The admission arrived in a quiet update to a previous blog post that arrived at the exact time attorney general William Barr was giving a press conference on the release of the Mueller report and attention was drawn by those explosive findings.
In the controversial update, Facebook wrote that it had found that a privacy bug affected millions of Instagram users, meaning that their passwords would have been able to read without any of the protection usually offered by encryption.
The change was posted at 10am eastern time, just as the press conference by Mr Barr was finishing. That press conference began a day of intense interest in the findings of the Mueller report, released shortly after, meaning Facebook’s update was less scrutinised than it might otherwise have been.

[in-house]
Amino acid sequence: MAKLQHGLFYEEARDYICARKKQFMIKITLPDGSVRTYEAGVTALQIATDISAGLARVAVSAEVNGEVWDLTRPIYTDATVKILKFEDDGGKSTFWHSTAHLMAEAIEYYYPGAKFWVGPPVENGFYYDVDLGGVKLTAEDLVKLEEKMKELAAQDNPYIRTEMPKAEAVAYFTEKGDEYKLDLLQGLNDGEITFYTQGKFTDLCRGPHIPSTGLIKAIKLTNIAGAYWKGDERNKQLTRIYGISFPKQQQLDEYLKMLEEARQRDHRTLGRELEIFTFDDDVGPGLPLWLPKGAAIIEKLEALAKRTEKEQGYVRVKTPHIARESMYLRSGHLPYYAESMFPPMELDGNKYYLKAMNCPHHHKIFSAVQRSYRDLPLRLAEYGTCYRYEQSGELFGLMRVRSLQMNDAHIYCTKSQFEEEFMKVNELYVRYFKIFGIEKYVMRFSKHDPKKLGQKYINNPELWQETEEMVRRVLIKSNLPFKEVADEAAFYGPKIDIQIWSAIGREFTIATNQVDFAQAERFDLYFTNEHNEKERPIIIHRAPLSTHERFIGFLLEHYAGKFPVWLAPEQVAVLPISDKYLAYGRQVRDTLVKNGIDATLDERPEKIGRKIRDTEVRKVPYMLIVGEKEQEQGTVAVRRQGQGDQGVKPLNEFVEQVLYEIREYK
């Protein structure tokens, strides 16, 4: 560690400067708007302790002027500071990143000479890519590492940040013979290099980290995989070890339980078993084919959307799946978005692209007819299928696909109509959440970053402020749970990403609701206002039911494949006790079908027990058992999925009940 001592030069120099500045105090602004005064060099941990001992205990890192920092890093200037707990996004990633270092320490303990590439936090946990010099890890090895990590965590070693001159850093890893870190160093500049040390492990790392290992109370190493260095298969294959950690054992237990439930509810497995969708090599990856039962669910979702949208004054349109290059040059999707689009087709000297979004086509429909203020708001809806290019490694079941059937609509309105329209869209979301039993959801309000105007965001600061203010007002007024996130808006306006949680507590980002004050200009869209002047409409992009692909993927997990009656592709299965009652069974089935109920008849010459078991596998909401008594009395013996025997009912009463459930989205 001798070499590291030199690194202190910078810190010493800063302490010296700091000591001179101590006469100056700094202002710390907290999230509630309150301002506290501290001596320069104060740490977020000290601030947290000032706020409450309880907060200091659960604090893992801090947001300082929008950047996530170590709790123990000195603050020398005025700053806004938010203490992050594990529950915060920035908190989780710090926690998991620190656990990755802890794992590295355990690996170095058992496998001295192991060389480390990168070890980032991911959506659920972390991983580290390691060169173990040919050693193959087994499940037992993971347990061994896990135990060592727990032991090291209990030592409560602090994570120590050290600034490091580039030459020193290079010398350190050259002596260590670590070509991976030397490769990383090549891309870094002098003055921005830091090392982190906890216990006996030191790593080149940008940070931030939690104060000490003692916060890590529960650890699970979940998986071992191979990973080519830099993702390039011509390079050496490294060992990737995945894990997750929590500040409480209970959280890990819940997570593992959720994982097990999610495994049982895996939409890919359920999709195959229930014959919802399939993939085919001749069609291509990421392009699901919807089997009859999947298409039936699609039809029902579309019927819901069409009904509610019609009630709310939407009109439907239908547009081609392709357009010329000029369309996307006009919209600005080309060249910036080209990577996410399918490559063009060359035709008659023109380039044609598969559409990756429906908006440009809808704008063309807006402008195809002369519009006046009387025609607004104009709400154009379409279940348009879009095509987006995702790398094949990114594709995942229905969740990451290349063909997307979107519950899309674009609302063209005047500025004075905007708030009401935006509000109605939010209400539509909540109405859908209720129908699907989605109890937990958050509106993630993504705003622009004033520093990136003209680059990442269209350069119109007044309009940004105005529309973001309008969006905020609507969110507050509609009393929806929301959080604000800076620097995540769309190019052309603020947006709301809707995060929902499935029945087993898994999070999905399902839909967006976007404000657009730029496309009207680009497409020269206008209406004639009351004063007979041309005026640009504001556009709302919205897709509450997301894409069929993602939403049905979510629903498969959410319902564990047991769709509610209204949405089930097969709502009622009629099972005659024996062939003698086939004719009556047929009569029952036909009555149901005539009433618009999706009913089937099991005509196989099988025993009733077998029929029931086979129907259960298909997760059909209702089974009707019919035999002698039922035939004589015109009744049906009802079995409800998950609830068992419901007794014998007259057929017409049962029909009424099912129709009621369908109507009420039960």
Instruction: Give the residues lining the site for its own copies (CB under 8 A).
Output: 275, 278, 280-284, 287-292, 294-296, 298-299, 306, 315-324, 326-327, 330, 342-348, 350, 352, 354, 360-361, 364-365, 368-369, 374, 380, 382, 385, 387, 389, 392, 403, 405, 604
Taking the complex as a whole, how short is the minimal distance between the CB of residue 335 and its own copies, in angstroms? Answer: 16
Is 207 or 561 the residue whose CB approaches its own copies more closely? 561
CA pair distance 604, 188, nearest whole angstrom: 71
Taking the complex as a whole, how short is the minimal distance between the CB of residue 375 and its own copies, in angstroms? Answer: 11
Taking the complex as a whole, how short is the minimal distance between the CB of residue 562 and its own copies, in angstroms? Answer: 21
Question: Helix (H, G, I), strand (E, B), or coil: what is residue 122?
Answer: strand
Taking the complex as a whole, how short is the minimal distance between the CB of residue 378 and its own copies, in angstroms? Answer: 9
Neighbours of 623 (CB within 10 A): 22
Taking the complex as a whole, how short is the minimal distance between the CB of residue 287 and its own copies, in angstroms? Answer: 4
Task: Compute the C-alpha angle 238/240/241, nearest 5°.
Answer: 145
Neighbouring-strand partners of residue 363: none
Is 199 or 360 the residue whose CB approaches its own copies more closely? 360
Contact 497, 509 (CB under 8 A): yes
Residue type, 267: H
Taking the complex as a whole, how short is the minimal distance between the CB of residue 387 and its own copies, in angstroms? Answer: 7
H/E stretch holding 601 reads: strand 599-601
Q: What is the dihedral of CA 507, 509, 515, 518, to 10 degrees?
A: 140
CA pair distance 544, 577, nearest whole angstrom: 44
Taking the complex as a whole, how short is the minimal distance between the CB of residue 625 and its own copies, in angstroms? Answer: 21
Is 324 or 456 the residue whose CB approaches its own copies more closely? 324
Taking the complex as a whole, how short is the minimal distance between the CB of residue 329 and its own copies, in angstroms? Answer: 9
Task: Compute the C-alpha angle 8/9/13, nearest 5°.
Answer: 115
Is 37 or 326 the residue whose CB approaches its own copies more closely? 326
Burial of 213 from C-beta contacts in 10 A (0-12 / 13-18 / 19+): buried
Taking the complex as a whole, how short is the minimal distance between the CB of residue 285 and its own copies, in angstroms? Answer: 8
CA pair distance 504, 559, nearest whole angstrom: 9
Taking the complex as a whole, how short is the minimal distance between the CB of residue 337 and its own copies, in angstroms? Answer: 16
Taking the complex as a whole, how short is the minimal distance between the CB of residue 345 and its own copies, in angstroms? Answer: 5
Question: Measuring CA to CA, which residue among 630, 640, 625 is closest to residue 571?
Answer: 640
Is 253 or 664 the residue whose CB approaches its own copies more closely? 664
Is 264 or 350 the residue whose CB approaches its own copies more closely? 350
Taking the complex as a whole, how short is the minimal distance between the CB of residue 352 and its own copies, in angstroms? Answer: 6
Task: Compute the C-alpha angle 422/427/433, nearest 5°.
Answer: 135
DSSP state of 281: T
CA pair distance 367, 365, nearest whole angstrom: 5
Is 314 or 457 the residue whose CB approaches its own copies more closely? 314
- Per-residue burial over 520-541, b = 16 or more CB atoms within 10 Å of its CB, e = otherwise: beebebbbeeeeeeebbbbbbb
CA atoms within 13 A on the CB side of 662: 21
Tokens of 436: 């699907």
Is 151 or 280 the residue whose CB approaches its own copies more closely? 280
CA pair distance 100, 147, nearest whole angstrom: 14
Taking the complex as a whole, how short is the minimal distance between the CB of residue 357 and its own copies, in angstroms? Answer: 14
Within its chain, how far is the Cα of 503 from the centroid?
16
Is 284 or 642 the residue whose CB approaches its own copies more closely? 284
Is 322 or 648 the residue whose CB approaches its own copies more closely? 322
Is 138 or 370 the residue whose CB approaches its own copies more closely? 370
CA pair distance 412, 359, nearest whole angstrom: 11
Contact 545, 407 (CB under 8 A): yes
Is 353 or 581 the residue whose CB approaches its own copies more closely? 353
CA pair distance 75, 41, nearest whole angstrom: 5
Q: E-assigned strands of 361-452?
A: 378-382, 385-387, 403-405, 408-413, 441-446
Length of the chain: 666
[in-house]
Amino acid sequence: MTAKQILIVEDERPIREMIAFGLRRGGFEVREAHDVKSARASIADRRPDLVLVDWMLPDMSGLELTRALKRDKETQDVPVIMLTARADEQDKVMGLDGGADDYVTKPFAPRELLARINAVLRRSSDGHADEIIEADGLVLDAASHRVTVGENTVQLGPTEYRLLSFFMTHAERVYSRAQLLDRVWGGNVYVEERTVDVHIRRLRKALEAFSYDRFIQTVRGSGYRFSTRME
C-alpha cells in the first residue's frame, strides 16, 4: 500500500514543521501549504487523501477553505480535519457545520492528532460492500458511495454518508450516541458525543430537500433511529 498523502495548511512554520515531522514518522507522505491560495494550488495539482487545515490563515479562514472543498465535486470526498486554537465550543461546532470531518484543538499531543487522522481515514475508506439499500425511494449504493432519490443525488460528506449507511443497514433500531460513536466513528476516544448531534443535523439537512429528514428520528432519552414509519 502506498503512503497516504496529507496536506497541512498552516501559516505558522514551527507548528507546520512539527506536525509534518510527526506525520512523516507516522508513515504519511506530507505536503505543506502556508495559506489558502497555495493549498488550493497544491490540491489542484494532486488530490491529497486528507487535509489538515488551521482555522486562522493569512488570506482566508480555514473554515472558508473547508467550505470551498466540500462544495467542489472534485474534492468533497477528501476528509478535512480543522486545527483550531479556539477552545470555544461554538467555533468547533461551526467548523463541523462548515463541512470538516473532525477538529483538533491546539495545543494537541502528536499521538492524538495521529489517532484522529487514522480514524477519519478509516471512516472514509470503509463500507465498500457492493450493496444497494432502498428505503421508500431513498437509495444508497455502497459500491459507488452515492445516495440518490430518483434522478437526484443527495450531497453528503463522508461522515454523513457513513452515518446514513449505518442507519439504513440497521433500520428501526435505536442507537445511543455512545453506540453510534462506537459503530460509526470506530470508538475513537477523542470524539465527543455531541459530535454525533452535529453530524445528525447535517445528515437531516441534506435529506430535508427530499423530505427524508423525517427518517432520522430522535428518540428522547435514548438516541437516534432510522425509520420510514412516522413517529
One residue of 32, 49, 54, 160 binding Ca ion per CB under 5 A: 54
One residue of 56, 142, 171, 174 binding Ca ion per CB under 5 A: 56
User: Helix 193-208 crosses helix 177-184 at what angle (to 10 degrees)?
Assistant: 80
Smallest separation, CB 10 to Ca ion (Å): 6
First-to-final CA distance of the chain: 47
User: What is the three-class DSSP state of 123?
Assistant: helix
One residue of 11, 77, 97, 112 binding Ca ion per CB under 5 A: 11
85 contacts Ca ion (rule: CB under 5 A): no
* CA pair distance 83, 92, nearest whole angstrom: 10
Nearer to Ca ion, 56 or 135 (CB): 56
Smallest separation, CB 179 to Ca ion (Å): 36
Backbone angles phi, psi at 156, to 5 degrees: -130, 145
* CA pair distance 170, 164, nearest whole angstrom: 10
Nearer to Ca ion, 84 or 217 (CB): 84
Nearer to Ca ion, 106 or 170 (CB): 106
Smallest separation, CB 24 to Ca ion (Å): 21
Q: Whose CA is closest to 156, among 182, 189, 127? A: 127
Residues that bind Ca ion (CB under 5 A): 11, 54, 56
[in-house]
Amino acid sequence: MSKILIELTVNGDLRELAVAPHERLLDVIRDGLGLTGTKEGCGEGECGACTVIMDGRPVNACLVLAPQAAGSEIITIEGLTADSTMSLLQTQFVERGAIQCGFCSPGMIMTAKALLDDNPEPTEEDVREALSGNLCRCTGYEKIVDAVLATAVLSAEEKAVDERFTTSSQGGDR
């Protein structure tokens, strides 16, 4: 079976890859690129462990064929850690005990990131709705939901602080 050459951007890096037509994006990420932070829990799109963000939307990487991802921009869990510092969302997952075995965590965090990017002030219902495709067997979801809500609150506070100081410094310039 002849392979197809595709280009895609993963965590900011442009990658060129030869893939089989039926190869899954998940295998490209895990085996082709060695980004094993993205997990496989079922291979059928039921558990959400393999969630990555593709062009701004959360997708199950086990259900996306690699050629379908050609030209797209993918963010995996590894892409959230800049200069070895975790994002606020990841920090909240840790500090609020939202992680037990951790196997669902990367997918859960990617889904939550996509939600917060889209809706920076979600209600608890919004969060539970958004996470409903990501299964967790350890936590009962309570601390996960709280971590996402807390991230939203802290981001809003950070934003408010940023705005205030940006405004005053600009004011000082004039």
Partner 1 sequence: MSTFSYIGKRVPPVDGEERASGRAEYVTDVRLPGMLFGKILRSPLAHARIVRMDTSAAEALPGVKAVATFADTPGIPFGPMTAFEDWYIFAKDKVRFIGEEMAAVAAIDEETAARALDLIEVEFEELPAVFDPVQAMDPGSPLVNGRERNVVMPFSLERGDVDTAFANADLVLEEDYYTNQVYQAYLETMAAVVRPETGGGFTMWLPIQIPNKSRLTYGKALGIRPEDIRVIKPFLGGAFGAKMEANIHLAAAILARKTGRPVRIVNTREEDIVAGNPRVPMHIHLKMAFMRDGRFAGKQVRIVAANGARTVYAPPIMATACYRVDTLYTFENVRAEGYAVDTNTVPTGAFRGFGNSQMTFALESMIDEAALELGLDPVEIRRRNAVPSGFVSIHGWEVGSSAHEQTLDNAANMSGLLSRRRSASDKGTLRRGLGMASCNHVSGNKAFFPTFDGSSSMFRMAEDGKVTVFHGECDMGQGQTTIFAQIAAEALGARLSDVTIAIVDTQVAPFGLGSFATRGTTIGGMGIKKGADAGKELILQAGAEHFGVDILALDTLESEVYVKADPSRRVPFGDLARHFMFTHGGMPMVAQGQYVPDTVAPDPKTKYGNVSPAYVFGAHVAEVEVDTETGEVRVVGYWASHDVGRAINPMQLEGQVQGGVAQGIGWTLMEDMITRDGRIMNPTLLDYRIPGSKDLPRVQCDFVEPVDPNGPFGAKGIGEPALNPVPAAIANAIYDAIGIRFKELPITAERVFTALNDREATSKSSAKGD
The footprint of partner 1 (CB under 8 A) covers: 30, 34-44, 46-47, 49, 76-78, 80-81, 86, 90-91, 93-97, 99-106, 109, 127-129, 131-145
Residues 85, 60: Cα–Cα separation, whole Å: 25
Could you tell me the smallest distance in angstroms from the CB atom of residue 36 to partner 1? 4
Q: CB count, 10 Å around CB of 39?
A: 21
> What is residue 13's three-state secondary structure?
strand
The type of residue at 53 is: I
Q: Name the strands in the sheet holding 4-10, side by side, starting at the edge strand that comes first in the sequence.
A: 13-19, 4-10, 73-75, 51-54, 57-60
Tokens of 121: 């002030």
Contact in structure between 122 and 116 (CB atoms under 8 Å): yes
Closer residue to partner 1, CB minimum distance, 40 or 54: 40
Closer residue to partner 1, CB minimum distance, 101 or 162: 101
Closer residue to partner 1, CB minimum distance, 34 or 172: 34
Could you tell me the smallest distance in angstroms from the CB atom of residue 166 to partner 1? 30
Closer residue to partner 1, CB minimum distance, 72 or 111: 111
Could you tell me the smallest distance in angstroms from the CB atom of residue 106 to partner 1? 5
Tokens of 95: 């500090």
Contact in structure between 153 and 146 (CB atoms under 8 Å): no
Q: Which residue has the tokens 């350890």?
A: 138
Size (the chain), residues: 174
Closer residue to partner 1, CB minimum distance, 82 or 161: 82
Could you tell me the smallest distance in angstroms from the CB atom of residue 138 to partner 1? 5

Facebook also opted not to post a new bl
og post about the findings, instead disclosing the update by tweaking an old blog post, which was originally posted a month ago.
It had already disclosed that some passwords had been made available in plain text, allowing employees to search through them. But at the time it said only that tens of thousands of people had been affected.
It will inform the millions of users that were caught up in the attack, it said. Facebook claimed its investigation “determined that these stored passwords were not internally abused or improperly accessed”.
In March, when the privacy failure was first disclosed, it said the issue had affected “hundreds of millions” of Facebook Lite users and millions of Facebook users. Facebook Lite is designed for people with older phones or slow internet connections.